The Unseen of Contemporary Society

strollers II

strollers II

There’s comes a point in the life of most people where you realise you are quite invisible to a certain generation. You may well have experienced this invisibility. Perhaps wandering in the vicinity of an institute of higher education, seeing a student handing out fliers, and it’s not just that they look at you and assess that you are unlikely to be interested in the union lock-in sleep-in, but that they don’t even see you walking by.

A while back, I was looking for images of ordinary old people for some work I wanted to do. I scanned through magazines. Nothing. Even general magazines for 40+ women were full of images of high-gloss adverts for high-maintenance living. There were no magazines aimed at old people at all (at least that I could find), so I gave up and realised I would just have to rely on my surreptitious sketchbook work.

Strollers III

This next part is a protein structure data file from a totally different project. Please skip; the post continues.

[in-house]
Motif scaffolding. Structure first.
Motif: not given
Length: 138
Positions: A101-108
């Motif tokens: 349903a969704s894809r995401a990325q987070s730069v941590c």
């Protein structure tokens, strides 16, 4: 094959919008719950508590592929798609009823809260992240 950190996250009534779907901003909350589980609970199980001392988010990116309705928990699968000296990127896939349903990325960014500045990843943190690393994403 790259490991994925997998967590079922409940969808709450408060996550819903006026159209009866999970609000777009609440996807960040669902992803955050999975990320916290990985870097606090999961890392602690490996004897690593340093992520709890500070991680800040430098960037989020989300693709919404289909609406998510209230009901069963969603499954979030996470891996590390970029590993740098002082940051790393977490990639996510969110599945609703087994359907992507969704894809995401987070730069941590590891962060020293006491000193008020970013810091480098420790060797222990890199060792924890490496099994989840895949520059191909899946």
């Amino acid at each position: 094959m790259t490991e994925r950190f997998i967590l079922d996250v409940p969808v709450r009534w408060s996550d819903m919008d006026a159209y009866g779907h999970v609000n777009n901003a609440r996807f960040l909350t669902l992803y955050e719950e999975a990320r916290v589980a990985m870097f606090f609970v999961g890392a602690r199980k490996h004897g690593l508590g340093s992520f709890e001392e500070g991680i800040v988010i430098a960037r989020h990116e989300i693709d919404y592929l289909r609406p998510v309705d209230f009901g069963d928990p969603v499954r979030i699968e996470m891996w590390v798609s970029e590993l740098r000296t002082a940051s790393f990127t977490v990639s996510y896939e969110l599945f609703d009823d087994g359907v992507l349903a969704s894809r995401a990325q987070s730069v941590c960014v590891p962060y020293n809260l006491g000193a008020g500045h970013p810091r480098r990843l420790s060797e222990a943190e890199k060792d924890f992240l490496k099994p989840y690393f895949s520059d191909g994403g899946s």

Strollers III

I suppose now that my antennae have been twanged on this great omission in the media presentation of ‘society’, I am ever more conscious of the ever-increasing gap between the images we are bombarded with, and the actual reality of how how people really are in daily life. I was particularly aware of this trundling up and down the high street yesterday of a small market town on market day. I took a whole load of photos to try and capture a fragment of this ‘reality’.

I think it is an interesting contrast with the pervasive images usually published of celebrities stepping out to shop.

seated couple

seated couple

shopper IV

shopper IV

shopping I
shopping I

My lingering concern is that it is now so unusual to see everyday street shots of ordinary people that there is a danger of appearing patronising in publishing them.  Ordinary people: only worth photographing in the name of art? Well, there is undeniably an artist at work here. All I can say with certainty is that I am driven by a concern to depict a ‘reality’, whatever that may be.

These ‘ordinary people’ do not sport designer jeans or carry must-have totes. They drag shopping trolleys behind them, and use polythene bags.

I have experienced the invisibility of middle age, but I suspect it has nothing on the invisibility of old age.

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